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South Asian Heritage Month: Sadiyah Robbani

Web image for Sadiyah Robbani

I identify as a British Bangladeshi. Being British gives me a sense of belonging; it gives me the rights of citizenship and is where I contribute to society by working and volunteering. Being Bangladeshi speaks to me about my culture; the beliefs, arts, customs and habits passed down to me by my parents and their ancestors. One does not have a greater hold than the other; it is the combination of both which humbles me and fuels my desire to make the most out of life.

My parents came to the UK from Bangladesh in 1985. My father started working in a factory and my mother as a dressmaker, prior to settling into their more established roles as a civil servant and a crèche worker, respectively. I was born in the United Kingdom but I visit Bangladesh every three or four years for a holiday and to see my family. One particularly strange thing about being a child of immigrant parents is not regularly seeing people who would otherwise be intimately involved in your life. Nevertheless, I am very lucky to have relatives who always welcome me with open arms and shower me with love throughout the duration of my trip. Whilst it is a developing country, it is also a beautiful one. Not known to many, but it is home to the longest sea beach in the world - Cox's Bazar.

My heritage brings another dimension to my world. In Bangladeshi culture, we have a lot of get-togethers and share the love of food. Our gatherings are very fun, filled with vibrant colour and music. Rice is a staple dish, and virtually every meal features it. We also have a sweet tooth and share sweet treats with our friends and family to celebrate good news. Our national anthem titled ‘My Golden Bengal’ is an ode to the Motherland - personification of the country. The mother of Bengal represents not only biological motherness but its attributed characteristics such as protection, never ending love, consolation, care, and the beginning and end of life. A lot of our music centres around the beautiful landscapes of the country as well as the 1971 Liberation War; Bangladesh's fight for independence. Our national flag is a visual representation of both of these; green represents the natural land and red represents the bloodshed of those defending the nation.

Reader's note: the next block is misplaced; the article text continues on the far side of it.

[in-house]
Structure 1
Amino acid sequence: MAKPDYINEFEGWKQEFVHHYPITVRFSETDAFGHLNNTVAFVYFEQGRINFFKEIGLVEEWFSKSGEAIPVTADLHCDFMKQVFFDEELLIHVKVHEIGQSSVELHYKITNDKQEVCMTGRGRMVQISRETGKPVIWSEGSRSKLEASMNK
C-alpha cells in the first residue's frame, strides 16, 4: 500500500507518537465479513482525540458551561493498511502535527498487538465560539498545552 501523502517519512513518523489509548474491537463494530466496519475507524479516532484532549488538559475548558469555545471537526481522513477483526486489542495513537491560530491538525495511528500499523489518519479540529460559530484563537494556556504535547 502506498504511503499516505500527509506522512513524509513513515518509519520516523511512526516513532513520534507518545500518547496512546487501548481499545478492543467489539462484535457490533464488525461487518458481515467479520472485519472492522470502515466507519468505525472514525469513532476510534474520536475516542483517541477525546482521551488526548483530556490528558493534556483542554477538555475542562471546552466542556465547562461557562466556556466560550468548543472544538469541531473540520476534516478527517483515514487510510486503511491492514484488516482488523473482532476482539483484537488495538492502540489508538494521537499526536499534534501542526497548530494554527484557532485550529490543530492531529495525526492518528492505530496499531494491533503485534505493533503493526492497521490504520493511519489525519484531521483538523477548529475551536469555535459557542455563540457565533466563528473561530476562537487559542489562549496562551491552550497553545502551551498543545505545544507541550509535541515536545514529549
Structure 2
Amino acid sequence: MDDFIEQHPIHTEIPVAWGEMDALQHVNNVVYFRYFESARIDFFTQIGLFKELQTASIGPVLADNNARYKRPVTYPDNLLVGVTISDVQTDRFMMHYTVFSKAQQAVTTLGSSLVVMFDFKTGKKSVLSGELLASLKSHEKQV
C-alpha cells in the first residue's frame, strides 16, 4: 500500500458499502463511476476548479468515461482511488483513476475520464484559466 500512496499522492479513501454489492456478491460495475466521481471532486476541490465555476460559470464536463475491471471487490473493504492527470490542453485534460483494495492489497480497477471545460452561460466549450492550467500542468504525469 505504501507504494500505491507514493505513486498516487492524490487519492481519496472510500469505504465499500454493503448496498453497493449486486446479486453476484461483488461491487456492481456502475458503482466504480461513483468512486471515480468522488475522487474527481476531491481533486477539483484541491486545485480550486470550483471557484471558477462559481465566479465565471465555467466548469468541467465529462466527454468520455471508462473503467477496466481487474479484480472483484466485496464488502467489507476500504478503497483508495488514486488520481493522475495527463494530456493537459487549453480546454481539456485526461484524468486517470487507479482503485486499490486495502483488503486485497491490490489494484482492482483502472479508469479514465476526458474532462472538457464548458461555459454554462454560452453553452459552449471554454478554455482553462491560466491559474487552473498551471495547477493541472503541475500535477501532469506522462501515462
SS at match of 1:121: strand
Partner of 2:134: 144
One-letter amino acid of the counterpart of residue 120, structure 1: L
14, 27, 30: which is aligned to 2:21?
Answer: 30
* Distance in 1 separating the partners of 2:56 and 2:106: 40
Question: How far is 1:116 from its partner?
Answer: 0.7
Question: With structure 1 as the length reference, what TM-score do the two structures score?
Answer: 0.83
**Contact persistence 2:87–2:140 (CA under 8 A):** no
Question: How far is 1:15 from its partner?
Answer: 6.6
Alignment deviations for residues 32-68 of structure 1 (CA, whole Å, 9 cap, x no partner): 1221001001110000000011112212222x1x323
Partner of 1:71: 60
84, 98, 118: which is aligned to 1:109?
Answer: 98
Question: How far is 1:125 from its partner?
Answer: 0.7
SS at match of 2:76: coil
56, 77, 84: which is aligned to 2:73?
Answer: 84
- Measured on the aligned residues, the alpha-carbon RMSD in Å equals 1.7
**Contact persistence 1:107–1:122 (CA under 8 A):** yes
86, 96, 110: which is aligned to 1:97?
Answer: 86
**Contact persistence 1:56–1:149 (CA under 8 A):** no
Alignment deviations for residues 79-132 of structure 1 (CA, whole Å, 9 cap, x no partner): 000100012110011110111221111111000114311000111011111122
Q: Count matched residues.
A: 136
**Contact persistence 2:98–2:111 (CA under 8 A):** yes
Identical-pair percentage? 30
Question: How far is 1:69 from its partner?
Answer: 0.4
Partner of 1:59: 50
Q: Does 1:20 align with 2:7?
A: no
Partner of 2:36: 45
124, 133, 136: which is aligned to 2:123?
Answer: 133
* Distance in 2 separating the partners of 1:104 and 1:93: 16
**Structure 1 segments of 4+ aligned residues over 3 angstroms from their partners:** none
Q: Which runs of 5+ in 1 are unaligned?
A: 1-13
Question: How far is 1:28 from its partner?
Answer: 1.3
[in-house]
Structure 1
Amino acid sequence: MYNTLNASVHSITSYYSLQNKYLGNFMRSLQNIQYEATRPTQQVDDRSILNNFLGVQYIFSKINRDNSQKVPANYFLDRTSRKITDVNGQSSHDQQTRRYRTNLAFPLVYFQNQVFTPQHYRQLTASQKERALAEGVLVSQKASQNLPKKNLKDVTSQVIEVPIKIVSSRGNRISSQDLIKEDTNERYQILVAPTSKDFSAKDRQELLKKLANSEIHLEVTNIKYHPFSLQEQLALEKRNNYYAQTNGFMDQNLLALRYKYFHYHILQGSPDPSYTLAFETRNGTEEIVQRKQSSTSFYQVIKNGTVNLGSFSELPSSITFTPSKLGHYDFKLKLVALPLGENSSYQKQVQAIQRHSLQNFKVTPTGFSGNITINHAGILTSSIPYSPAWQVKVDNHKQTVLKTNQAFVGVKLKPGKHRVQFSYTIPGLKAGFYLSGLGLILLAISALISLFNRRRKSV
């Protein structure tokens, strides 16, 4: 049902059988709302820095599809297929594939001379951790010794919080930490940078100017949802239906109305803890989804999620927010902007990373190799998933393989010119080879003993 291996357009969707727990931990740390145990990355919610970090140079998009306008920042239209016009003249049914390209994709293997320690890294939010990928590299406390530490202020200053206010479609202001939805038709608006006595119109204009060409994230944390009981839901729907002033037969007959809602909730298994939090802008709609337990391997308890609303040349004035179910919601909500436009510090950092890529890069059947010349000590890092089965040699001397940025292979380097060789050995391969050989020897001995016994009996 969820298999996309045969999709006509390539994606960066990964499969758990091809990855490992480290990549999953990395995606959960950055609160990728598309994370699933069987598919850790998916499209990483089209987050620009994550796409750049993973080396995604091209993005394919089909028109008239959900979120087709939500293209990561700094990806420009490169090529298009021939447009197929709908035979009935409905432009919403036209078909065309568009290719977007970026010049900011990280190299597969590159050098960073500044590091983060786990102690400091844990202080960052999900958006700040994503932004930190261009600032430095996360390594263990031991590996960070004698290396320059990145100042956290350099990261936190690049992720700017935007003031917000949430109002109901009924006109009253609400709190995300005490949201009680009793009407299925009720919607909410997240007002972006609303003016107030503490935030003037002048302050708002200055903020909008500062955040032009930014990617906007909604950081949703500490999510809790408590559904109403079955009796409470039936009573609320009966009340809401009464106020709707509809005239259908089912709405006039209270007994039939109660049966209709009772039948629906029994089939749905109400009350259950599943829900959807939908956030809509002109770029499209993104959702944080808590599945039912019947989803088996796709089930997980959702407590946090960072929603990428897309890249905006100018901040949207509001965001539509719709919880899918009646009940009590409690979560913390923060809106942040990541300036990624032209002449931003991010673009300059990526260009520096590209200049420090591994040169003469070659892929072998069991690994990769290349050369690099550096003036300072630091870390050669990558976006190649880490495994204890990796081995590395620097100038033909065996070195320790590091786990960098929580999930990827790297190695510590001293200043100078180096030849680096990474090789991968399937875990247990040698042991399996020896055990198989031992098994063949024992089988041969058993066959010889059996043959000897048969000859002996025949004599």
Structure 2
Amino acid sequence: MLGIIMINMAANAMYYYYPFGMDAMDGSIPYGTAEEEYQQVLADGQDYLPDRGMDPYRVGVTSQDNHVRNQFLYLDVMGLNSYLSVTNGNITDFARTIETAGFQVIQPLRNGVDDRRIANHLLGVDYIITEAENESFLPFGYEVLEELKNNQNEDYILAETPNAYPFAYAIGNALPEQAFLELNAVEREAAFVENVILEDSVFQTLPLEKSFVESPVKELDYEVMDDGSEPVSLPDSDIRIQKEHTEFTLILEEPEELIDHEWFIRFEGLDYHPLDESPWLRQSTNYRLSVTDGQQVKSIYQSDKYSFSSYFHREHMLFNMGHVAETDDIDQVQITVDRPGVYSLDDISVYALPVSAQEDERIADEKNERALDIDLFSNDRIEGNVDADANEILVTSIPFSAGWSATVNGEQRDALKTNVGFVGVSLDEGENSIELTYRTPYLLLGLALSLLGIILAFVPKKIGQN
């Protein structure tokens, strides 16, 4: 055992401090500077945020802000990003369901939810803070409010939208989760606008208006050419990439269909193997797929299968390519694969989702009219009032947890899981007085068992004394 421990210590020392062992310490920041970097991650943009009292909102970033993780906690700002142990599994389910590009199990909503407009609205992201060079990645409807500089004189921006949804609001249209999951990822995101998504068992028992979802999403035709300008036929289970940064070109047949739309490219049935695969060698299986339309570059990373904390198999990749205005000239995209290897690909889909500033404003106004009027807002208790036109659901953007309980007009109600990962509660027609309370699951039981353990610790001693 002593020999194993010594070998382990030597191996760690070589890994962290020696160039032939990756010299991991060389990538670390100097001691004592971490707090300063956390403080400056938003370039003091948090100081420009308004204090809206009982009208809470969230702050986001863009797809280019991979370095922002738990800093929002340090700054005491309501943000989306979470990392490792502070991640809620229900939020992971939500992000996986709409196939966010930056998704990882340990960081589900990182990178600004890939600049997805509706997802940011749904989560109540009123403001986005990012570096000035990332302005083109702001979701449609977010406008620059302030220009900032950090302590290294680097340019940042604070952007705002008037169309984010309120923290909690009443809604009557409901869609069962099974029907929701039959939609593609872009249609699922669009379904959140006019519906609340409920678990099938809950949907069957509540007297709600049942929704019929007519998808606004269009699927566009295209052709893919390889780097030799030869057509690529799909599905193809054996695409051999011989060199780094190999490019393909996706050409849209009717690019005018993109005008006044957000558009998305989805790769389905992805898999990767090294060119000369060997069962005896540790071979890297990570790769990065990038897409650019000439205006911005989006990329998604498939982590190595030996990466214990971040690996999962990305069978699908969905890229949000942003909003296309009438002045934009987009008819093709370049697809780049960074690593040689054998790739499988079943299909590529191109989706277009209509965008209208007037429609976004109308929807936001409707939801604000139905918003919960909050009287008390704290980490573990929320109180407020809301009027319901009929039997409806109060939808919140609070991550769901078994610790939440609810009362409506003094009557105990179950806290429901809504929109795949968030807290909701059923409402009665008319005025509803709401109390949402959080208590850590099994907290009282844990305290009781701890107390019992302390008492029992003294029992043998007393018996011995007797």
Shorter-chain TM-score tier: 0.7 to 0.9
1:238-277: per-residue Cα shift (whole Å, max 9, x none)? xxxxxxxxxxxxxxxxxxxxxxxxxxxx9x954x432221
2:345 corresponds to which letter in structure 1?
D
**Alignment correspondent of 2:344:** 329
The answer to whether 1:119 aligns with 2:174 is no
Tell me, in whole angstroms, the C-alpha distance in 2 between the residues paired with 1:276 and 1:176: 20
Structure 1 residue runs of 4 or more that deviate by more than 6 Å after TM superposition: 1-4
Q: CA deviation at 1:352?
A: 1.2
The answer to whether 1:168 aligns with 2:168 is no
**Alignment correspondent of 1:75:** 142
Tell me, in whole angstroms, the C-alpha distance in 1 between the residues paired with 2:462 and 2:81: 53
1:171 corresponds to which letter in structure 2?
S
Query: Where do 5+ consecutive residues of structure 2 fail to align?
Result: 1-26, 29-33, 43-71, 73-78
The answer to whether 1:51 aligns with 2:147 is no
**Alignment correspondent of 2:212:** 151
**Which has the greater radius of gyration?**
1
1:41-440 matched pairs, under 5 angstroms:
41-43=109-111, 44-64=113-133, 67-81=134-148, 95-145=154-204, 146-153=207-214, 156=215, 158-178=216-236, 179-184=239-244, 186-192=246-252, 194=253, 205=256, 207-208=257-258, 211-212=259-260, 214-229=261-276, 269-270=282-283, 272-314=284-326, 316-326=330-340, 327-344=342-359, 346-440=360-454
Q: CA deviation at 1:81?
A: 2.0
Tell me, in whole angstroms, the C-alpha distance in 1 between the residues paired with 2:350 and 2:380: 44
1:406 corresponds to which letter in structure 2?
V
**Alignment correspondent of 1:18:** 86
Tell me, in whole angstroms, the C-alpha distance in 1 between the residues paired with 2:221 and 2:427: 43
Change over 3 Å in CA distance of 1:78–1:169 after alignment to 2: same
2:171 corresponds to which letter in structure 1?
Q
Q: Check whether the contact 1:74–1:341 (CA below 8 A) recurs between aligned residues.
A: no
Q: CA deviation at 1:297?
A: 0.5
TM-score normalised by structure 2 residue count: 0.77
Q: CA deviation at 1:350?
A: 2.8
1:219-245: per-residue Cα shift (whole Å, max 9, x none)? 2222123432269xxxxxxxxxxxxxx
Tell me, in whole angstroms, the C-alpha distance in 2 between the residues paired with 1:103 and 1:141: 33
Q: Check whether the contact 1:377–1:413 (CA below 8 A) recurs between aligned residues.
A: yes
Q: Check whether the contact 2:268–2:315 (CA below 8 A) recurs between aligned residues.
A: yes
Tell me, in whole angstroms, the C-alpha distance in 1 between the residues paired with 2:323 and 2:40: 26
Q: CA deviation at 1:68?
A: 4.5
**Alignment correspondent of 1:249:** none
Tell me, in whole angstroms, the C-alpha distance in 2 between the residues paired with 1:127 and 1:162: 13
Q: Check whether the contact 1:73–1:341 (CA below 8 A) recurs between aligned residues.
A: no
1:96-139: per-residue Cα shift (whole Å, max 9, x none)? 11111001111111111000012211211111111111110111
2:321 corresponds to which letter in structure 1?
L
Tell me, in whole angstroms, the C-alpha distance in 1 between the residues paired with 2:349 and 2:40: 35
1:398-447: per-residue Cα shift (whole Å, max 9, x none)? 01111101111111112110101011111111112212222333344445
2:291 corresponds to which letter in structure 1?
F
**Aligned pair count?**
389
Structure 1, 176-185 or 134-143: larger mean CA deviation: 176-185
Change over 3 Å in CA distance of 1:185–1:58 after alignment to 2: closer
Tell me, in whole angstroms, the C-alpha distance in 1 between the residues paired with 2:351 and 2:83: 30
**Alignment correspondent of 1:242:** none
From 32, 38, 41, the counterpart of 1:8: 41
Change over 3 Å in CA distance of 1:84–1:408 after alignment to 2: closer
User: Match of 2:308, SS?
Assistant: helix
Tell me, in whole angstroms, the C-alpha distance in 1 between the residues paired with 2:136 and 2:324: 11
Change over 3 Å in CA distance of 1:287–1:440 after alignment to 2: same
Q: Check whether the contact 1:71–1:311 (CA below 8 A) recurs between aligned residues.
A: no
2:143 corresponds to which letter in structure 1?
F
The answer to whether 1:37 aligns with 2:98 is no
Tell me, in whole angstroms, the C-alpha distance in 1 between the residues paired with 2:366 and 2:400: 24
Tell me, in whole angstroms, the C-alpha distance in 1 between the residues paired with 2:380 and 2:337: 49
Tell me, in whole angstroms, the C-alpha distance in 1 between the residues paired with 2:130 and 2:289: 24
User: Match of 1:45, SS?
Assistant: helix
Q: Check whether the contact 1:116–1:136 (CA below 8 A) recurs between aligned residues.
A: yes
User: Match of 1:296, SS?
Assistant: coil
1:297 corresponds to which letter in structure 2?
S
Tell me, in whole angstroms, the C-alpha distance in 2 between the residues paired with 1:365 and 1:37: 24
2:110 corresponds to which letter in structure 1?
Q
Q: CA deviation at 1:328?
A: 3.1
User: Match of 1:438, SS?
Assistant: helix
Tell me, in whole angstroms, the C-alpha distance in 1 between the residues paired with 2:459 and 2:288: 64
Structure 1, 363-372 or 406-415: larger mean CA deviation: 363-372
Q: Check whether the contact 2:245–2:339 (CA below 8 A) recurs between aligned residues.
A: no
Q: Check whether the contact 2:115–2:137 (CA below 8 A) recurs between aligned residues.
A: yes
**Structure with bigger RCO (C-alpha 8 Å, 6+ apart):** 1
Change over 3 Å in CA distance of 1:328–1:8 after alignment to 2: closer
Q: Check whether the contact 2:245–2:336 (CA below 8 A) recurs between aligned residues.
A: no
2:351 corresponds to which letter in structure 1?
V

Up until 1947, Bangladesh was part of the British empire. Formerly known as East Pakistan and part of India under British rule, Bangladesh initially developed thanks to the British. A structured political, legal and education system was formed, and the British brought economic development into the country which continues to flourish as demonstrated by the now world-famous clothing industries. Dhaka Medical College and Hospital was built by the British and to this day plays a huge role in the health sector of Bangladesh. Whilst this has allowed us to advance in comparison to other developing countries, Bangladesh is still lagging behind as a result of British rule. I believe the development of the nation, its values and talent have somewhat been lost and a lot of sectors weren’t able to develop their own identity as a result.

In my personal career, I have not come across or worked with many people of Bengali heritage. After completing my Masters, I worked in a lab to investigate reversing chemotherapy resistance in ovarian cancer. Whilst this sparked my interest in pursuing a career in clinical research, I found working in a lab to be quite isolating and was often working long hours. Prior to committing to a PhD, I wanted to explore what else was out there. I made a choice to shift from working with cells in a petri-dish to working with real life patients! I am grateful that several doors have opened for me since. One of the most rewarding parts of my current role is having the opportunity to support our clinicians in the NHS with the life-changing research they carry out on a daily basis.

A career in clinical research is less well-known and I believe there is a need to promote it to my community. From the Covid-19 pandemic alone, we understood just how crucial it is for detecting and diagnosing disease, developing a better understanding of disease and for developing treatments. As a STEM Ambassador, I have attended career events in secondary schools and sixth forms and spoken about my occupation. I feel passionately about highlighting the benefits of my line of work and getting the message out that whilst it is great to become a doctor, there are other fulfilling and rewarding roles in science.

My message to anyone hoping to pursue a career in clinical research is to be passionate about what you do, work hard, network and form good working relationships and doors will open for you.

The views and opinions expressed in this blog are those of the authors and do not necessarily reflect those of the NIHR or the Department of Health and Social Care.